fitness · injury

A non-four-letter word I really dislike, but have to deal with: fragility

Exactly two weeks ago, as I was walking down the stairs from my apartment, my right ankle rolled out and just crumpled underneath me.  I went down, luckily on my rear end instead of my head.  It hurt like nobody’s business– the kind of pain that makes you scream and curse (even if that’s not your thing) and get nauseated and maybe faint.

My very nice neighbor Melih came right away and took me to the ER, whereupon I was x-rayed and determined to have a bad sprained ankle.  They gave me ibuprofen (which helped a lot with the pain), an ice pack (ditto), a pair of crutches and sent me home.

Injuries suck. They’re unexpected, often super-painful, and they snarl up our lives and schedules.  And they take a long time to go away, often requiring surgery, physical therapy, and sometimes devices to wear to support us or prevent re-injury.

Injuries upset me because they highlight my vulnerabilities– places in my body where I am fragile. For me, it’s my ankles.  I’ve always been prone to sprains, and I fractured my left ankle 4 years ago (minor avulsion fracture, but still). Yes, yes,– I’ve gotten very good physical therapy, and I did those exercises religiously. But once I was functional again, I turned away from focusing on my more frail parts. I didn’t give them the care that they so clearly needed.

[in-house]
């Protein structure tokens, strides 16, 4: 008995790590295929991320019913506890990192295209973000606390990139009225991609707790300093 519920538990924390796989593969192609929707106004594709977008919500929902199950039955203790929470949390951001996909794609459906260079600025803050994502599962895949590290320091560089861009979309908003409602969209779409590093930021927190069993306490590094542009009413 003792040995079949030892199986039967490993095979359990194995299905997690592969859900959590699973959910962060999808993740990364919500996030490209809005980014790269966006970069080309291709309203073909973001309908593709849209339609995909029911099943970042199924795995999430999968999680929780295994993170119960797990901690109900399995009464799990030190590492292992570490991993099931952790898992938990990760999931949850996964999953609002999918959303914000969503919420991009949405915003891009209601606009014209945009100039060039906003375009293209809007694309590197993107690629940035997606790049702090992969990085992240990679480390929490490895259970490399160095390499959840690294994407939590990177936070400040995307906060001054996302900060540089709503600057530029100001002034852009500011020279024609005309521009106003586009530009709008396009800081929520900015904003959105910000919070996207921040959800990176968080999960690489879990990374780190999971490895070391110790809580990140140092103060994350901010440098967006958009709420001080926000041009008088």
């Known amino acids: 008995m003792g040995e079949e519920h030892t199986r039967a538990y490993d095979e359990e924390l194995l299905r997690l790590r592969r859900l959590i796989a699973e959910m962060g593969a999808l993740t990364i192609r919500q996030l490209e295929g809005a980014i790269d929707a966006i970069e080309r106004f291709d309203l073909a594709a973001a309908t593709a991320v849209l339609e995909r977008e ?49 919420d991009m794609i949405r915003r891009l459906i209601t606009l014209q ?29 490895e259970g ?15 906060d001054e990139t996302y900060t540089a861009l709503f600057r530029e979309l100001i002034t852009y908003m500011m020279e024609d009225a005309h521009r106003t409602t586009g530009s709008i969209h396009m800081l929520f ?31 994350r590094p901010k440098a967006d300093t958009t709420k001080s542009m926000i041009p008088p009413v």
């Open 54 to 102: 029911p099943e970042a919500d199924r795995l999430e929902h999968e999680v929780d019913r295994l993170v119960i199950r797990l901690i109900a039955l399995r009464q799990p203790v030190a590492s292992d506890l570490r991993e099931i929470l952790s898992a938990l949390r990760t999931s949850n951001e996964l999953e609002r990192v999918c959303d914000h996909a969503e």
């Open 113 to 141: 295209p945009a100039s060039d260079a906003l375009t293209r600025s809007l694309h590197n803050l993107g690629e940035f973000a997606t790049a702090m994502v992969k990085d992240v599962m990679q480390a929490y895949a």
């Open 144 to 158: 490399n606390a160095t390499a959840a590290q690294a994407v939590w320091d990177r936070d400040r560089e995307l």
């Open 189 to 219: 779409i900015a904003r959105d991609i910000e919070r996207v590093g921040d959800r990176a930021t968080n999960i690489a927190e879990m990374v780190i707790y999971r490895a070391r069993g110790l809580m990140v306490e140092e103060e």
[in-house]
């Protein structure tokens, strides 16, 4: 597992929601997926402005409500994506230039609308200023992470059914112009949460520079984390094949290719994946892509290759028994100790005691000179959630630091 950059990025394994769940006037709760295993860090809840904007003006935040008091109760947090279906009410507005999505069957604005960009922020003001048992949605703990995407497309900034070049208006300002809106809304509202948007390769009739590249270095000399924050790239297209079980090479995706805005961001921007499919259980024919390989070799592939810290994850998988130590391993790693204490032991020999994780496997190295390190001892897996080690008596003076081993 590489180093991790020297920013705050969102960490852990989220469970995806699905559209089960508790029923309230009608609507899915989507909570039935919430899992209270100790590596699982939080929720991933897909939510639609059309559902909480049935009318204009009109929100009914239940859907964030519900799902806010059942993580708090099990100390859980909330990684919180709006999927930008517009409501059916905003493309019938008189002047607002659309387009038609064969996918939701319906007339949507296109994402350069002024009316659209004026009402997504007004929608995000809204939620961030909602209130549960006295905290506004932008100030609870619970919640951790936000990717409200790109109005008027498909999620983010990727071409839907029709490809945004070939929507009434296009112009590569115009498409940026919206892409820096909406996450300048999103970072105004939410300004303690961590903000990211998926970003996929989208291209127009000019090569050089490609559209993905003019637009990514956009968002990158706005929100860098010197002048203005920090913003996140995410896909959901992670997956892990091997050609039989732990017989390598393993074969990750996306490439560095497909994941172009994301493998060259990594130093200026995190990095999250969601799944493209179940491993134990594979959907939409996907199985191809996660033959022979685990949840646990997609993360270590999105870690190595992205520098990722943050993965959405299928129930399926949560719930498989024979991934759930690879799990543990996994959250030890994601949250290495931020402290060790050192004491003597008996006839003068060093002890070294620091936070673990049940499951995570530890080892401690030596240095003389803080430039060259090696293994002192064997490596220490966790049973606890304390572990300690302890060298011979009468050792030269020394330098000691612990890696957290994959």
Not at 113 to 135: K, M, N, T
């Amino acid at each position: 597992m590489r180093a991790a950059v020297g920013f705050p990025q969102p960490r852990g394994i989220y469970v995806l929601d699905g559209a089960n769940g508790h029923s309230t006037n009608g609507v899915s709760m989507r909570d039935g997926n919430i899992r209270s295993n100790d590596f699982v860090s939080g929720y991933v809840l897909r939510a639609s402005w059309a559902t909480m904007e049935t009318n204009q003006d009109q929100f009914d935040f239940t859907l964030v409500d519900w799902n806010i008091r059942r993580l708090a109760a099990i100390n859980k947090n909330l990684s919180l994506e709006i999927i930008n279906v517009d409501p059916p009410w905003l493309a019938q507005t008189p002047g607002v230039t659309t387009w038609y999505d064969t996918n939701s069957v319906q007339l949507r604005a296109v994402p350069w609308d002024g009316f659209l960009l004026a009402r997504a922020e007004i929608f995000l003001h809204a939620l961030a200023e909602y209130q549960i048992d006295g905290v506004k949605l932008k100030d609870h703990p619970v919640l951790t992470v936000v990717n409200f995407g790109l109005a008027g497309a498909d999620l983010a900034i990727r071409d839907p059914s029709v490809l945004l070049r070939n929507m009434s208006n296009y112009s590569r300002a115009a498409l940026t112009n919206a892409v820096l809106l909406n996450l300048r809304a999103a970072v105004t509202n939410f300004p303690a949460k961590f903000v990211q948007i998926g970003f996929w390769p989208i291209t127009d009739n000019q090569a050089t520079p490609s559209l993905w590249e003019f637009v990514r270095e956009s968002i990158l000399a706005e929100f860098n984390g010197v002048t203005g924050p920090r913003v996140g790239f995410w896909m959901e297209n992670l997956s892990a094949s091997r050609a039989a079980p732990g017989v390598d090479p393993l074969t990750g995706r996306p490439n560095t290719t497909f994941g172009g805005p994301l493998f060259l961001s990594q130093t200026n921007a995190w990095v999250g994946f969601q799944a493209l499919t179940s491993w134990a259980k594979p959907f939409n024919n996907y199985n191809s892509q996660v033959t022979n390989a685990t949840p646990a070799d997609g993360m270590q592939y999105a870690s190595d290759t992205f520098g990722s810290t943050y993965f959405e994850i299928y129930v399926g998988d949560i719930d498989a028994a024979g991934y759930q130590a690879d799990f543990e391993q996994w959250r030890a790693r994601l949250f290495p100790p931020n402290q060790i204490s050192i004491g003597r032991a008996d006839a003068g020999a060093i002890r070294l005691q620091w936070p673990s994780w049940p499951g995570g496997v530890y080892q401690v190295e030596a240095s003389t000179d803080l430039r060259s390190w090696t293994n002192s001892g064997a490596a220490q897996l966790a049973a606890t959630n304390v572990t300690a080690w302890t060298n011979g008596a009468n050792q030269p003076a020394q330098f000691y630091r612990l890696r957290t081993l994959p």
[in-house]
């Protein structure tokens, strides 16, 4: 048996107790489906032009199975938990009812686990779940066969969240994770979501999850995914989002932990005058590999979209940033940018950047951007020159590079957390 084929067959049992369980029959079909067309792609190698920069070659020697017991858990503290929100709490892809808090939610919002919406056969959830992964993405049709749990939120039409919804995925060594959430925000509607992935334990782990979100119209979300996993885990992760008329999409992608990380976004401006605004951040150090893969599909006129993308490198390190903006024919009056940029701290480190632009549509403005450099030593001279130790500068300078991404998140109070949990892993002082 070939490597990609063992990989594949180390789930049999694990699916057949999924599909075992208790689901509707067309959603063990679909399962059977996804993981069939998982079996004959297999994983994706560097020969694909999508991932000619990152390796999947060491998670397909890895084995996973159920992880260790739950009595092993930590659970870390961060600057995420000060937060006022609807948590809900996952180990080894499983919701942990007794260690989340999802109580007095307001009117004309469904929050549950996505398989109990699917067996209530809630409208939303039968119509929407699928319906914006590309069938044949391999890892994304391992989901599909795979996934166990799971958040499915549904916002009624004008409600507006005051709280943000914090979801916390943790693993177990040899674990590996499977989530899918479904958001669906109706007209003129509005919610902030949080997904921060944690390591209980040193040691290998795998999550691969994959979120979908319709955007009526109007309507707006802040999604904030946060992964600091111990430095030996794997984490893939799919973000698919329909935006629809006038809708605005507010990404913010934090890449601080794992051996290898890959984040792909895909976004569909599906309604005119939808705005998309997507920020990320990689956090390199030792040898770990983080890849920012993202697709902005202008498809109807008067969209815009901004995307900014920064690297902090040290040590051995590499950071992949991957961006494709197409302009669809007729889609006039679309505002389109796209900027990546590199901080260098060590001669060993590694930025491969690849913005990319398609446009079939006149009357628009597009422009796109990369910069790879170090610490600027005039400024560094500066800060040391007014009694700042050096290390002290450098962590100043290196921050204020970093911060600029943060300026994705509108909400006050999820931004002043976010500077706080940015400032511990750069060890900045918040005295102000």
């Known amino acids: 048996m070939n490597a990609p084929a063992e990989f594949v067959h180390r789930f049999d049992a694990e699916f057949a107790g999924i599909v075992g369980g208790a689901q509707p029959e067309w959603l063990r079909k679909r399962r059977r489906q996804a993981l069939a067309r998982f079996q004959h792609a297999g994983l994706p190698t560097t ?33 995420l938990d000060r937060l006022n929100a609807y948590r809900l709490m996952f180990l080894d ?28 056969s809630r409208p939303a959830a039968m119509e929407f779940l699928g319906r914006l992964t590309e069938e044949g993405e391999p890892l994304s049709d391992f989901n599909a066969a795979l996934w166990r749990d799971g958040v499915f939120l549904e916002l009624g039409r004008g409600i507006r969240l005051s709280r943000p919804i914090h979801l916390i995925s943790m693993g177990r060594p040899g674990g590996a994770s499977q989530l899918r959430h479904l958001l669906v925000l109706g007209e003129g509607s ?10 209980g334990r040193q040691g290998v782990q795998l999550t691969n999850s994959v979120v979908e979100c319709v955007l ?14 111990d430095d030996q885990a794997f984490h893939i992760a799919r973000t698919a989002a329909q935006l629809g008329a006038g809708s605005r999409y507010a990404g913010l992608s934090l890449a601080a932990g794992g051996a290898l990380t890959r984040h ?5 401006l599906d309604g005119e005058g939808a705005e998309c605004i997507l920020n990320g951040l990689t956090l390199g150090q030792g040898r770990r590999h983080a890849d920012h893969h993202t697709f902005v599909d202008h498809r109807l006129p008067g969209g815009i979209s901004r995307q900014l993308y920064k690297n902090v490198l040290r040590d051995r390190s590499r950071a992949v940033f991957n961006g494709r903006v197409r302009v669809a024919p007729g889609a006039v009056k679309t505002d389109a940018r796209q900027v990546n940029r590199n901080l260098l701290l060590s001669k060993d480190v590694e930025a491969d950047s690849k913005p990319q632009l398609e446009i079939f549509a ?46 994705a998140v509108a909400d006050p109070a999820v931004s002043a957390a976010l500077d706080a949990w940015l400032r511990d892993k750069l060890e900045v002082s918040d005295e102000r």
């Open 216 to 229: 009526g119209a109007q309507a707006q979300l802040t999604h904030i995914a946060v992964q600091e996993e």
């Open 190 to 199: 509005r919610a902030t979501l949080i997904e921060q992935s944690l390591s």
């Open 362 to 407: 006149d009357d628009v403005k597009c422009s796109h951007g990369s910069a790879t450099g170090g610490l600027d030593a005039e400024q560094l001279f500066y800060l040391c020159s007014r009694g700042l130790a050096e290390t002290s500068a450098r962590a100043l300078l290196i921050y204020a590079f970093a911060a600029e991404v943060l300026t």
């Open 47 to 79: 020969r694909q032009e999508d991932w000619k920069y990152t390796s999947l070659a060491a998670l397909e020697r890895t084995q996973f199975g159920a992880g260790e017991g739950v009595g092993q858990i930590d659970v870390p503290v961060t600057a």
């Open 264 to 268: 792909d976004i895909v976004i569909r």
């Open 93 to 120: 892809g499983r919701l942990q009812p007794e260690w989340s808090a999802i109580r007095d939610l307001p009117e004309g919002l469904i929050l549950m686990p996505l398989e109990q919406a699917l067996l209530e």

So here I am again. This time, at age 56, living alone, and on crutches.  Crutches suck, too, by the way. I had a terrible time crutching around on one foot– my upper body didn’t feel strong enough to manage it. I know, there are techniques for making this easier, and I paid attention to folks at the hospital teaching me, and also looked online (because that’s what we do these days…)

Let me say now that I’m lucky and grateful to have good friends and neighbors and colleagues and health insurance and enough money for car rides and takeout and a job where I can do some teaching online and all sorts of other things that make my life so nice.  It could be a lot worse.

This feeling of fragility though– throwing money at the problem doesn’t help.

(Taking a few breaths here)

Two things:

First: My bad ankle sprain is a wake-up call for me as an aging person. I want to be stronger, and I can do things to make myself stronger: continue PT exercises; get a personal trainer or join gym classes; create a regimen that includes more strengthening; pay more attention to my core and upper body (I do yoga, but need to focus more on specific areas of strength and flexibility).  I don’t want to have to go to rehab because I live alone and cannot care for myself.  Yes, that happens, and no, it’s not the worst thing.  But it scares me. A lot.

Second: Turning toward and taking in my physical fragility and vulnerability is emotionally painful. It makes me scream and curse and feel nauseated and maybe faint. Why?  Because maybe some of that vulnerability is beyond my control.  I have the body I have.  I have the ankles I have. I can balance on bosu balls all the livelong day, and those ankles will still be my most tender parts. This is what my life feels like.

(breathing again)